Over the centuries countries and civilizations have erected hundreds of war memorials. To either glorify victories (Arc de Triomphe in Paris) or remembered the fallen (Vietnam Memorial in Washington, DC) these memorials seem as ubiquitous as the human experience.
On our trip around the world we saw discrete memorials to fallen soldiers by the side of the road in Georgia, huge memorials to those lost in war in India and even modern graffiti marking for all eternity a life lost due to conflict. Some poignant, others grandiose, the memorials and monuments all commemorate and celebrate the lives of those who have given it all for their country.
Many countries take a day to commemorate these lives; in the U.S, we observe the last Monday of May as Memorial Day. There are parades, bar-b-ques, mattress and car sales, and for all the flag waving and ketchup pouring you’d hardly know at all that this holiday is a solemn one. As a child I looked forward to the holiday as a three day weekend and my memories are of parades full of high-school bands, scouts, civic leaders and older war veterans. As time goes on, I realize that some of those veterans are now my age, and many who have died in our recent conflicts are younger than I. Despite the fact that I have several family members in the military, I have been fortunate enough never to have lost a love one to war. I had no experience to draw on until this year.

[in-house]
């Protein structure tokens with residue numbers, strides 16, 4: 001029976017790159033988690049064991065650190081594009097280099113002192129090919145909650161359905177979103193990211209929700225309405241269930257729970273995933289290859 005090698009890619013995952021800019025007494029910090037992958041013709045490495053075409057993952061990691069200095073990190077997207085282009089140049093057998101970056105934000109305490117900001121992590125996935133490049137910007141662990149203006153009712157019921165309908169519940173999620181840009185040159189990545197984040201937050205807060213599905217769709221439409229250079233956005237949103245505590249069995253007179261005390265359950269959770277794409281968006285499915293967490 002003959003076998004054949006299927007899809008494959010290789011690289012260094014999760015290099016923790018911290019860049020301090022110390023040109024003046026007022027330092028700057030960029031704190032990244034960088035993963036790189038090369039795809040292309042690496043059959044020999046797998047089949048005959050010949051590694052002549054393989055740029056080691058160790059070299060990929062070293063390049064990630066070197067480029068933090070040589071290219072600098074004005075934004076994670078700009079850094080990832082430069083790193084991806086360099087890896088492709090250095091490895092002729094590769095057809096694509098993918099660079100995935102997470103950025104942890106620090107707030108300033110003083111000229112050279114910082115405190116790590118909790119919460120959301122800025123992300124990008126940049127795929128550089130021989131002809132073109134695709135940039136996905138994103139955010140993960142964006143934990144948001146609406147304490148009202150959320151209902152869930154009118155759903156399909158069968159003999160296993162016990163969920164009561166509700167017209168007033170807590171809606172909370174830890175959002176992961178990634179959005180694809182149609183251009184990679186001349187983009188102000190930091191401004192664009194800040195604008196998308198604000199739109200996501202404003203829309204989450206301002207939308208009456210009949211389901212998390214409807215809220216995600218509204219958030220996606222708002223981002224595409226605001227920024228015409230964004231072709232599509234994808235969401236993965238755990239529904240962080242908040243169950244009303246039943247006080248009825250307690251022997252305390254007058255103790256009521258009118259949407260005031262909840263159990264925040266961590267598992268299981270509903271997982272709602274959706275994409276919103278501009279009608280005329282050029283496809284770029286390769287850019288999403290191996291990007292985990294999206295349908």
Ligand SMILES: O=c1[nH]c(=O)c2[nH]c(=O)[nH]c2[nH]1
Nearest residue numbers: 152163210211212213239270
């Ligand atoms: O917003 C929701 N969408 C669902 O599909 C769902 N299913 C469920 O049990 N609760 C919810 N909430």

Last summer in Berlin we met an Iraqi girl who had fled her homeland since the fall of Saddam. Almost immediately I was put in a position to defend the actions of my country. Almost immediately the military situation that had been flickering on the TV for so many years became tangible and real. It was real. It is real.
Whether you are in the U.S. or not today, take a second to consider the sacrifice of those who have lost their lives to war.
They are not a thing of the past, they are very real.